Scooter rental - Amsterdam

Discussion in 'Europe' started by MrBob, Aug 24, 2017.

  1. MrBob

    MrBob Knee-jerk liberal

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    Traveling to Amsterdam for the first two weeks of November. Plan is mostly museum touring but also have plenty of free time. If the weather isn't too crappy I'd like to rent a scooter and get out into the countryside. Also planning to rent bicycles regularly.
    Thanks for any info.
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  2. nickguzzi

    nickguzzi Long timer

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    I have a honda POS125cc scooter for parts collecting, it is surprisingly good at getting around locally, say 50 mile trips - which I did daily while looking after my mum. And pretty awful at distance work - but Holland is small and the parts you are likely to visit on a short stay are all fairly close to A'dam.

    I found that many of the small towns and the countryside to be charming and beautiful, well worth the effort.
    Several other inmates dogpiled me for saying that, but either they have no culture, no sense of history, no imagination or no experience.
    If you have a choice, try to pick a place with a market on that day. A market always enhances and enriches the experience.

    There seems to be plenty of rental sites. I have no personal experience renting. You'll no doubt come across sites like this one https://www.iamsterdam.com/en/plan-your-trip/getting-around/rental/scooter-hire which seems to cover a few.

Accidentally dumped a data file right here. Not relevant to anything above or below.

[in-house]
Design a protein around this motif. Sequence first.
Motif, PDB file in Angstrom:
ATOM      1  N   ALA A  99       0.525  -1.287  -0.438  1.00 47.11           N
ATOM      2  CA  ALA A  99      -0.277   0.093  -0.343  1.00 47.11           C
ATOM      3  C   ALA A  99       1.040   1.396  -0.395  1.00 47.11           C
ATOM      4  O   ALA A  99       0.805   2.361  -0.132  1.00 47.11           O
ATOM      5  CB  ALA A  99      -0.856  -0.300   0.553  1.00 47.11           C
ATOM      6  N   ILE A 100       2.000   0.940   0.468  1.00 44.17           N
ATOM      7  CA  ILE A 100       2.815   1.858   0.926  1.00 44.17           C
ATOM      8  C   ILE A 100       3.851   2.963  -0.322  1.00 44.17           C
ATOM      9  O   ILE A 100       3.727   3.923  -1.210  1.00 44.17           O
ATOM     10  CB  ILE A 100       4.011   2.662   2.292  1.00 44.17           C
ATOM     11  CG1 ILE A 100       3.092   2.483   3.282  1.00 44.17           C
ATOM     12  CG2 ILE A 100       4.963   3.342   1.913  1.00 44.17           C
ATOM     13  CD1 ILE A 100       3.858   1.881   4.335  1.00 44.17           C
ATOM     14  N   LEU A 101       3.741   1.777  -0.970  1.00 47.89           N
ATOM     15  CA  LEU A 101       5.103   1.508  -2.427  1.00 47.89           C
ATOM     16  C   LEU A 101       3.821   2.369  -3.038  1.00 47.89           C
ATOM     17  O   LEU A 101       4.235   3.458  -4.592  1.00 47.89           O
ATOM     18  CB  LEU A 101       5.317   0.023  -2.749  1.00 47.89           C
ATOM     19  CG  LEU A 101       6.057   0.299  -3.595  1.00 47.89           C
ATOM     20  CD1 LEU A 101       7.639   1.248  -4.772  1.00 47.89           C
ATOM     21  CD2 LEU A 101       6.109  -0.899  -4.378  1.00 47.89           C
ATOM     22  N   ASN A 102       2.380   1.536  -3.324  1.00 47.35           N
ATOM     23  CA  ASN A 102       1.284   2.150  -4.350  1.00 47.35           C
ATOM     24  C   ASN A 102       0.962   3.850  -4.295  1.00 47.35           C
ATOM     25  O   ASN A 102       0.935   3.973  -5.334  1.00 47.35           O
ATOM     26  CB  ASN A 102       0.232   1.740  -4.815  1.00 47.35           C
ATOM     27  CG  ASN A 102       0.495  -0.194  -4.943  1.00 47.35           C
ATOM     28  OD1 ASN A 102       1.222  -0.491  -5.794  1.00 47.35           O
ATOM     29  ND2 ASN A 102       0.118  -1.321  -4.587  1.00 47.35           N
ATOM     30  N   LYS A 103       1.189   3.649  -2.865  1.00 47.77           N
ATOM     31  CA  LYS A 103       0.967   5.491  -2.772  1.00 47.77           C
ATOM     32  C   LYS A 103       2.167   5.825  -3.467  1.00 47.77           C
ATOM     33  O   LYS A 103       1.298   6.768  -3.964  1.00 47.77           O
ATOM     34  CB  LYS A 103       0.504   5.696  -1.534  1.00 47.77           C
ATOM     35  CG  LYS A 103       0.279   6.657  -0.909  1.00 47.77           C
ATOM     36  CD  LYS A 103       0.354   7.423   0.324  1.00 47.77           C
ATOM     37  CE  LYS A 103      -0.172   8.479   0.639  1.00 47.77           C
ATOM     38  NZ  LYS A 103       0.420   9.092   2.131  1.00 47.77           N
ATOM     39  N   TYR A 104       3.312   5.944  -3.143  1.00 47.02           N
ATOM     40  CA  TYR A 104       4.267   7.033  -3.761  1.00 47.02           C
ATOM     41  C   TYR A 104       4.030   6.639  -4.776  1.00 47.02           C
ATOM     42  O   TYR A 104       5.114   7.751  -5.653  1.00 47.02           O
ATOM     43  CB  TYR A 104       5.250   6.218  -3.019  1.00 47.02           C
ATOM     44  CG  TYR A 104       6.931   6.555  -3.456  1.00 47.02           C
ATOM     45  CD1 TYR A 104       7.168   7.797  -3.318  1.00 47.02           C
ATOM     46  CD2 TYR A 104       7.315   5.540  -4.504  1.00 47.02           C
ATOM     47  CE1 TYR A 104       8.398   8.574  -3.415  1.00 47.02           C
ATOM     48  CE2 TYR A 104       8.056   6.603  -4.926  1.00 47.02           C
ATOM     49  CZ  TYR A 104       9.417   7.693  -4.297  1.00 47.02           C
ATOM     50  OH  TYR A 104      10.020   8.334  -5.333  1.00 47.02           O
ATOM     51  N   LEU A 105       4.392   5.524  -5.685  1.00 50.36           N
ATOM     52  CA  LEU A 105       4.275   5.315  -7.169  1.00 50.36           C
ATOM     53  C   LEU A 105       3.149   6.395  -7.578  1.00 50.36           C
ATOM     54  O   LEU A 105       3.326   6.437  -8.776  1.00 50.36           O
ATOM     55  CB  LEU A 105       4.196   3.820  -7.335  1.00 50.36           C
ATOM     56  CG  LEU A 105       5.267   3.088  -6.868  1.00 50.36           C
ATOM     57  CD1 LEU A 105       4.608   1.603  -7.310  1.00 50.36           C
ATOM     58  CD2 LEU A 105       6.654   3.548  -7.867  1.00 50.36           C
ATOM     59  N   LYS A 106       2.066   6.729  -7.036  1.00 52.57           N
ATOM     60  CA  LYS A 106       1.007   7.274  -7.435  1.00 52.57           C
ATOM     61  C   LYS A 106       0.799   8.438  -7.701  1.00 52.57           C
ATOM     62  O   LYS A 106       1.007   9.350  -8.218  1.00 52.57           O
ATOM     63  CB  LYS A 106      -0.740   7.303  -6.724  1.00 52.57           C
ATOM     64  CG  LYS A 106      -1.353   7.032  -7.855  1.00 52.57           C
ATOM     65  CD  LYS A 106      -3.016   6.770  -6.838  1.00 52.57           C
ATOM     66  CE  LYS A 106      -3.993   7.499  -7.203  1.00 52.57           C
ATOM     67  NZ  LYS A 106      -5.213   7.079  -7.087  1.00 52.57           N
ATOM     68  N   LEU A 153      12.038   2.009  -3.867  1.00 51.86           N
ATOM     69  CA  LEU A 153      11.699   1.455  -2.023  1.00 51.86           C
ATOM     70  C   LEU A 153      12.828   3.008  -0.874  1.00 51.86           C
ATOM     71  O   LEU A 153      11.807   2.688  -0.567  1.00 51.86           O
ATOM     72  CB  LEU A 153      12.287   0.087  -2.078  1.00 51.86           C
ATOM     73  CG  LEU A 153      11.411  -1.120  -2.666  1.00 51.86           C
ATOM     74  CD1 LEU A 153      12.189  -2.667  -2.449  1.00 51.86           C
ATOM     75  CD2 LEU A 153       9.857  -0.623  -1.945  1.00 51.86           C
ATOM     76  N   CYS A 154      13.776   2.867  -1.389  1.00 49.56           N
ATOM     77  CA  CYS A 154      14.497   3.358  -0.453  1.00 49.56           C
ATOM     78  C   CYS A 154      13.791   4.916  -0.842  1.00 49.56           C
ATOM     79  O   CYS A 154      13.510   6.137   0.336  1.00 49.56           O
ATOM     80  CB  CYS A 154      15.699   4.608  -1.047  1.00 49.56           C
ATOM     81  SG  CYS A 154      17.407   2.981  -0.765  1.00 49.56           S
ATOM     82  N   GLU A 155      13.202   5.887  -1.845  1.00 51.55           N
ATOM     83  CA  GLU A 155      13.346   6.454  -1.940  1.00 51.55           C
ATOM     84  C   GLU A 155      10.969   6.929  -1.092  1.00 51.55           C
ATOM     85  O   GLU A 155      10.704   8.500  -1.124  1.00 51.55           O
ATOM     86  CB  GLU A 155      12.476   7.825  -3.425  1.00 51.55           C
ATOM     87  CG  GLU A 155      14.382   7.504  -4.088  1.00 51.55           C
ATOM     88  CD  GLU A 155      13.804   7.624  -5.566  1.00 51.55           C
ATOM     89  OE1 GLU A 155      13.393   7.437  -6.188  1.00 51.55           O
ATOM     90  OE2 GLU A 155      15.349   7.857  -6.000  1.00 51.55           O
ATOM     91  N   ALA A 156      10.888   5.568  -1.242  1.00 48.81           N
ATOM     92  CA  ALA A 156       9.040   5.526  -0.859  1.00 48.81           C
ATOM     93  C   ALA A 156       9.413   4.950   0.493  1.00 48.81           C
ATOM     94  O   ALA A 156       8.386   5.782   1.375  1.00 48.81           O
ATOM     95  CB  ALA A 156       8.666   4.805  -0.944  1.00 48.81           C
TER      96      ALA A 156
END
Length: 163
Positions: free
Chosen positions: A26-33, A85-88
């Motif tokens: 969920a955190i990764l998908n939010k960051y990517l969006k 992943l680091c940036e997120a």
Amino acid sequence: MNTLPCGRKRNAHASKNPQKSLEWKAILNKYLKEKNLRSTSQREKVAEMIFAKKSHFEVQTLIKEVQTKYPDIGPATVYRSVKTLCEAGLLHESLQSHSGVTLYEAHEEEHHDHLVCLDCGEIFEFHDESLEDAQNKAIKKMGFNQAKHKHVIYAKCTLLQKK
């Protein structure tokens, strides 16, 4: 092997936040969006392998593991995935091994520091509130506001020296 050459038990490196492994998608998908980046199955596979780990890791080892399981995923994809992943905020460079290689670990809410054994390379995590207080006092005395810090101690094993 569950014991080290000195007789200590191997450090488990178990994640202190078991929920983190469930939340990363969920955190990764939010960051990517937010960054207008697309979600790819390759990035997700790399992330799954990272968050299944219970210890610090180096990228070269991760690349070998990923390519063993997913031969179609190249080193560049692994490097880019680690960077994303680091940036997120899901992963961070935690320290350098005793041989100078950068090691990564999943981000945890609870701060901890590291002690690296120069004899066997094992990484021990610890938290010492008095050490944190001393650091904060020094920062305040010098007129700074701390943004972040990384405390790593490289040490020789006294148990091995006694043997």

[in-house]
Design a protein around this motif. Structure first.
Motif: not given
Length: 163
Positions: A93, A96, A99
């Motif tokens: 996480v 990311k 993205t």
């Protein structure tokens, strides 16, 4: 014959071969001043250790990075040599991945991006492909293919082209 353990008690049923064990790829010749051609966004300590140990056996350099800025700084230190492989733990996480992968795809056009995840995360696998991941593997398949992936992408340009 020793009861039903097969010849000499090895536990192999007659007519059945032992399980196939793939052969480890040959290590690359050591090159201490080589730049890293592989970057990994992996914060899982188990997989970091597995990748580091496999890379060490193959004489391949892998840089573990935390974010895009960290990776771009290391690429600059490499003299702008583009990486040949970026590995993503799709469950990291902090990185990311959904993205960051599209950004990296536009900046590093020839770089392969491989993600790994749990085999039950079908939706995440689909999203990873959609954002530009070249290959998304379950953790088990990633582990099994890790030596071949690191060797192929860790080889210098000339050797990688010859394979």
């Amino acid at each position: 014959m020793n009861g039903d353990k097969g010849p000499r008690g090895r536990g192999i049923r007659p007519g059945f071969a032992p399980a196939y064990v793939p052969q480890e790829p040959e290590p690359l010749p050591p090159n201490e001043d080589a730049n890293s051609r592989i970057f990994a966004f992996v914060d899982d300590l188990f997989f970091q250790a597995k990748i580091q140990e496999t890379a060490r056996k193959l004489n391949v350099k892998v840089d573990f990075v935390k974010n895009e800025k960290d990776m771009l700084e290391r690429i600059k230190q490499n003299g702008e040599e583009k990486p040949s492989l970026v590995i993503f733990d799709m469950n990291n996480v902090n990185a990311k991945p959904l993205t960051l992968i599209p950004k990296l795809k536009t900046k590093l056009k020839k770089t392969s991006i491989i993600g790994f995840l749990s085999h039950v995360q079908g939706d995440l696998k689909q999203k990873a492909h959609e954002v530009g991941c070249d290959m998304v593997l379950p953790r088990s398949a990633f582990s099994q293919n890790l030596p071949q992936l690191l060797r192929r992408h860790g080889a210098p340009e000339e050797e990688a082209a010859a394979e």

You'll need to wear a helmet. The minimum age for a 50cc moped used to be 14.
    I certainly wouldn't waste time searching or pay a premium for a large cc or well known brand (depending how well you know the strange world of scootering).

    In the city itself, bikes are much easier. It seems like you are more or less immune to most traffic laws - or that's how it seems to a foreign pedestrian.

    Have fun.
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  3. MrBob

    MrBob Knee-jerk liberal

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    Thanks for the link. No trip can be complete without some time on two wheels and I hope to add some scooter tripping.
    After 40+ years of motorcycle touring packing a single, light backpack for two weeks of travel is a new experience.
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  4. nickguzzi

    nickguzzi Long timer

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    Being English, I am used to never being too far from hearth and home, so venture off without a care or a thought.
    I expect many other inhabitants of small countries feel the same.

    My home town is more or less in the geographic centre. The furthest coast due east was 150 miles. West, and into Wales, you hit sea at about the same distance, nicer ride through Snowdonia though.
    As stupid kids we would set off when the pubs shut at 10,30pm on a Friday, and ride to one or the other, sleep on the beach, have some fish and chips and ride home.
    Bearing in mind our bikes were generally slow and unreliable, and often rather thirsty because of the ill advised "tuning".

    Hope you have a great time.
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  5. MrBob

    MrBob Knee-jerk liberal

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    Here in the American West the scale is 500 miles is beginning to get to be a noticeable distance for me. I drove 850 miles to pick up an ST 1300 and that seemed reasonable. 1200 miles is beginning to be some distance and 3,000 miles is far away.
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  6. nickguzzi

    nickguzzi Long timer

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    I've told the story before. Leave if you have read it before.